Abstract: Snakes propel themselves over land using a variety of techniques, including sidewinding, lateral sinuous slithering and a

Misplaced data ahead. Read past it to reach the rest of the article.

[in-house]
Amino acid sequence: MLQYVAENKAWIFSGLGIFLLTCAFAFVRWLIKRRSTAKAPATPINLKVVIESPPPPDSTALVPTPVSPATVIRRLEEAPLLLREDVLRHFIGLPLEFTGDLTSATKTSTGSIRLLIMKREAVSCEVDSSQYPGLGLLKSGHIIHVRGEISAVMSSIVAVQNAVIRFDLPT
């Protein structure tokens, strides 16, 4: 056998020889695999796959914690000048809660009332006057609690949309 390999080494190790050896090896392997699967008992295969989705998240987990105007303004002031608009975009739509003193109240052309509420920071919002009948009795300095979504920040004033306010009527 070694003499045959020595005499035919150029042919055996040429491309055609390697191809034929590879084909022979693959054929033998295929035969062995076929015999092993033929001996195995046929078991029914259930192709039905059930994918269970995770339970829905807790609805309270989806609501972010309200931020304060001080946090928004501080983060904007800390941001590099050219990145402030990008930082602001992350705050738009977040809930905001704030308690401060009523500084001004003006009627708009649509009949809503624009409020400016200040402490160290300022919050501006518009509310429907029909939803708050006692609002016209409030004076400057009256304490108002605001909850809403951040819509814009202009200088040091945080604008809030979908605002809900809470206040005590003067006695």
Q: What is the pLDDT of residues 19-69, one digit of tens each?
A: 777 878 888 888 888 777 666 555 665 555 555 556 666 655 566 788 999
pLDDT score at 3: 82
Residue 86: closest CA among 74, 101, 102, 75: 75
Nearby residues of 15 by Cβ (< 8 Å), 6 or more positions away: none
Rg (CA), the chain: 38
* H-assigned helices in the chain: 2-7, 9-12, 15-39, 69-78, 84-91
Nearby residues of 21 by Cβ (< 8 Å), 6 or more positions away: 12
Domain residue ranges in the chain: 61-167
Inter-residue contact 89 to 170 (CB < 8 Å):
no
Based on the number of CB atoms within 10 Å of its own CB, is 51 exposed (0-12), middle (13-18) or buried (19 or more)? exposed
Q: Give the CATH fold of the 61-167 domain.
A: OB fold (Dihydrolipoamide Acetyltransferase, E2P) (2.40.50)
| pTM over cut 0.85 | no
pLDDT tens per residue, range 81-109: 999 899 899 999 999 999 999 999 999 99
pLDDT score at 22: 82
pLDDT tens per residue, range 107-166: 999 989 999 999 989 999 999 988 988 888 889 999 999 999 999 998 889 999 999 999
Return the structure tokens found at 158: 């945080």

unidirectional accordion-like mode. We explore these friction-based propulsion mechanisms through a combined experimental and theoretical investigation. Particular attention is given to classifying the gaits of snakes according to Froude number and the relative magnitudes of the frictional forces in the tangential and normal directions. Using mathematical modeling, we prescribe the waveform of the snake and calculate its motion as required by the torque and force balances on its body. A key feature of our model is the rationalization of snake motion on the basis of frictional properties of the snake’s belly scales. The prospect of building synthetic snake scales for robotic applications is discussed.